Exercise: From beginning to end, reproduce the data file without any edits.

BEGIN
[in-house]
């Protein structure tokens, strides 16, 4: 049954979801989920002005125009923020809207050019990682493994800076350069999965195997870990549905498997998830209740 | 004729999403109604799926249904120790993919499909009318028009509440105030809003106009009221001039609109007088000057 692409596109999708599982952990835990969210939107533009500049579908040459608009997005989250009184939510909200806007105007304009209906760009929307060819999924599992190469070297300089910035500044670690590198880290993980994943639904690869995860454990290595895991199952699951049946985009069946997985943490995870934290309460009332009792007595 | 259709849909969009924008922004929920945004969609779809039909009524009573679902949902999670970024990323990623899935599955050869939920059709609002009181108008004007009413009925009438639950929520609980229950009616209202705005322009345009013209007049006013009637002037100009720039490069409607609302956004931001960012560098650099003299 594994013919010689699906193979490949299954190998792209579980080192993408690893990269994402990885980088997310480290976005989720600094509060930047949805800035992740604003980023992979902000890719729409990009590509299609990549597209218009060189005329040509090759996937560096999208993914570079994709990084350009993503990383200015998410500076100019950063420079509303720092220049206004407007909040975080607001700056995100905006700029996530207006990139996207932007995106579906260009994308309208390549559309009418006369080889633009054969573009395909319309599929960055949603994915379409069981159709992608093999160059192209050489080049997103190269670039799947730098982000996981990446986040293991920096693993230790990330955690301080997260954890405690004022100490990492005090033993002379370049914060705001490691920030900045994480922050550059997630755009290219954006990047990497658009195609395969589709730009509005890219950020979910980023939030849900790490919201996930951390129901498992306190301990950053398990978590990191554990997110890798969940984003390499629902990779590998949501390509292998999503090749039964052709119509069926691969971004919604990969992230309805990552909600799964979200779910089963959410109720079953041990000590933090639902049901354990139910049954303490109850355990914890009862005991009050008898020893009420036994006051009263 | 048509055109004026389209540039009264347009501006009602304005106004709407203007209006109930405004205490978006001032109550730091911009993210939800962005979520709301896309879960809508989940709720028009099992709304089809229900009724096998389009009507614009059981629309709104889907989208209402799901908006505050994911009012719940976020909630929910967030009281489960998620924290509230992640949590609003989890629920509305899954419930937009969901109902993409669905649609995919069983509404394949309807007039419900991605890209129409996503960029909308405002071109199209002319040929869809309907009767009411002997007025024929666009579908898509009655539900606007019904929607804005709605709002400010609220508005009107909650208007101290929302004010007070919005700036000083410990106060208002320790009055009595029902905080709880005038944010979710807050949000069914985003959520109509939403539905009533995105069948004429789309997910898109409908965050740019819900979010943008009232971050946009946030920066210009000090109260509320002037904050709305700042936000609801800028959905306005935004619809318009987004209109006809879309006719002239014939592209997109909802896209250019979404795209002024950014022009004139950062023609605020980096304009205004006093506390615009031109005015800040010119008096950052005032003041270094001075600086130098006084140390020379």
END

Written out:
[in-house]
């Protein structure tokens, strides 16, 4: 049954979801989920002005125009923020809207050019990682493994800076350069999965195997870990549905498997998830209740 | 004729999403109604799926249904120790993919499909009318028009509440105030809003106009009221001039609109007088000057 692409596109999708599982952990835990969210939107533009500049579908040459608009997005989250009184939510909200806007105007304009209906760009929307060819999924599992190469070297300089910035500044670690590198880290993980994943639904690869995860454990290595895991199952699951049946985009069946997985943490995870934290309460009332009792007595 | 259709849909969009924008922004929920945004969609779809039909009524009573679902949902999670970024990323990623899935599955050869939920059709609002009181108008004007009413009925009438639950929520609980229950009616209202705005322009345009013209007049006013009637002037100009720039490069409607609302956004931001960012560098650099003299 594994013919010689699906193979490949299954190998792209579980080192993408690893990269994402990885980088997310480290976005989720600094509060930047949805800035992740604003980023992979902000890719729409990009590509299609990549597209218009060189005329040509090759996937560096999208993914570079994709990084350009993503990383200015998410500076100019950063420079509303720092220049206004407007909040975080607001700056995100905006700029996530207006990139996207932007995106579906260009994308309208390549559309009418006369080889633009054969573009395909319309599929960055949603994915379409069981159709992608093999160059192209050489080049997103190269670039799947730098982000996981990446986040293991920096693993230790990330955690301080997260954890405690004022100490990492005090033993002379370049914060705001490691920030900045994480922050550059997630755009290219954006990047990497658009195609395969589709730009509005890219950020979910980023939030849900790490919201996930951390129901498992306190301990950053398990978590990191554990997110890798969940984003390499629902990779590998949501390509292998999503090749039964052709119509069926691969971004919604990969992230309805990552909600799964979200779910089963959410109720079953041990000590933090639902049901354990139910049954303490109850355990914890009862005991009050008898020893009420036994006051009263 | 048509055109004026389209540039009264347009501006009602304005106004709407203007209006109930405004205490978006001032109550730091911009993210939800962005979520709301896309879960809508989940709720028009099992709304089809229900009724096998389009009507614009059981629309709104889907989208209402799901908006505050994911009012719940976020909630929910967030009281489960998620924290509230992640949590609003989890629920509305899954419930937009969901109902993409669905649609995919069983509404394949309807007039419900991605890209129409996503960029909308405002071109199209002319040929869809309907009767009411002997007025024929666009579908898509009655539900606007019904929607804005709605709002400010609220508005009107909650208007101290929302004010007070919005700036000083410990106060208002320790009055009595029902905080709880005038944010979710807050949000069914985003959520109509939403539905009533995105069948004429789309997910898109409908965050740019819900979010943008009232971050946009946030920066210009000090109260509320002037904050709305700042936000609801800028959905306005935004619809318009987004209109006809879309006719002239014939592209997109909802896209250019979404795209002024950014022009004139950062023609605020980096304009205004006093506390615009031109005015800040010119008096950052005032003041270094001075600086130098006084140390020379």